By Ian Nish and Jacob Circelli

Link to project

Salem Witch Trial Project – Harris Pollack and Isabella Bossa

What kind of files, data, objects are being used in the project question?

The Salem Witch Trials Archive uses documents and transcriptions, historical maps, archival collections, and contemporary books.

The original documents were written in the 17th century, and the archive provides access to numerous files that include verbatim transcriptions of the court records (and pictures of the original manuscripts in some cases), records and files of transcriptions of the Quarterly Counts of Essex County, pictures of original court records (located in various libraries and museums around the world), and electronic versions of record books.

The site provides various historical maps, including a map of the Salem Village in 1692, a map of Andover in 1692, a map of Salem in 1700, and a map of witchcraft accusations from February to March 1692. Some of the maps are static, while others are interactive.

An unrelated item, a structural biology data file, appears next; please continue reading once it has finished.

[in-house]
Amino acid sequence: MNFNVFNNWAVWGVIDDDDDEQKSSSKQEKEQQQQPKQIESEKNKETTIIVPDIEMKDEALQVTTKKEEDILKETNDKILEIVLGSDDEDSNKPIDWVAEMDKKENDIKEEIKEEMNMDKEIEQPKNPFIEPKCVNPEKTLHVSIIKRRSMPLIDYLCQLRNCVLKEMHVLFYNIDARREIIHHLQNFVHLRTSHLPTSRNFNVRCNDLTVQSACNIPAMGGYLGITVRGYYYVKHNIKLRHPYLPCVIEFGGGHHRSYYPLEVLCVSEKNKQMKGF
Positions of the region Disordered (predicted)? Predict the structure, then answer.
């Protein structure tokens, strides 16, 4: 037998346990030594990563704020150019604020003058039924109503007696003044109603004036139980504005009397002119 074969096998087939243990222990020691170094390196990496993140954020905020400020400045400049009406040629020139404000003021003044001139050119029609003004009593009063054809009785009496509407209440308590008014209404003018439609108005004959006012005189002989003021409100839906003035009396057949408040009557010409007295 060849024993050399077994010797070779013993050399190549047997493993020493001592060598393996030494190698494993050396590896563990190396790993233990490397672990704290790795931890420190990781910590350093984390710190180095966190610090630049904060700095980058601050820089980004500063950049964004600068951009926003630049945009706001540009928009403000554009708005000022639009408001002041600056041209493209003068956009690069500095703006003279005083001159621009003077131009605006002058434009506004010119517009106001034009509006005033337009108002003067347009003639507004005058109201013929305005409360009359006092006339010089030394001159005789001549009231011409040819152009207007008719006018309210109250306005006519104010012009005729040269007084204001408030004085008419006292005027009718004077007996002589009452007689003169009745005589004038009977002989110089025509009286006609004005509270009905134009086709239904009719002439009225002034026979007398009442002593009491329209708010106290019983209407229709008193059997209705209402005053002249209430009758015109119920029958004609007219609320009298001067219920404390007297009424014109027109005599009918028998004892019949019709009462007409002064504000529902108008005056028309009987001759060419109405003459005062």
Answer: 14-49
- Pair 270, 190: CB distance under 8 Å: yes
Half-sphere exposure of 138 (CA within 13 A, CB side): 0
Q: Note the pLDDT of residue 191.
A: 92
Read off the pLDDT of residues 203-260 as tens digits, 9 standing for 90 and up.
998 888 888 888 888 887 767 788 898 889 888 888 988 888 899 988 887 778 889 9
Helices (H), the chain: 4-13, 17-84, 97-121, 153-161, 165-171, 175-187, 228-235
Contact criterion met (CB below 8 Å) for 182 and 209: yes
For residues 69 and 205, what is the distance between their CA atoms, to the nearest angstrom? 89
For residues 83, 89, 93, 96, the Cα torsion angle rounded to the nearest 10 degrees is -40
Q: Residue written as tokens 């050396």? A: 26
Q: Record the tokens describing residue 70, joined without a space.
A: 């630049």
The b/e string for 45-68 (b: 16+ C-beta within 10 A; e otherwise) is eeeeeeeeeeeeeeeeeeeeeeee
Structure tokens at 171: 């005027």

Users also have access to pictures of original manuscripts kept in collections in a number of archives across the country, such as the Boston Public Library, the Massachusetts Historical Society, the Peabody Essex Museum, the Massachusetts Archives, the Boston Judicial Archives, the New York Public Library, and the Maine Historical Society.

Lastly, the archive gives users access to scanned versions of six contemporary books relevant to the topic: Wonders of the Invisible World by Cotton Mather, More Wonders of the Invisible World by Robert Calef, Cases of Conscience Concerning Evil Spirits by Increase Mather, A Modest Enquiry Into the Nature of Witchcraft by John Hale, Some Miscellany Observations on our Present Debates in a Dialogue Between S.&B. by Samuel Willard, and Narratives of the Witchcraft Cases by George Lincoln Burr.

What is the project research question? Or questions?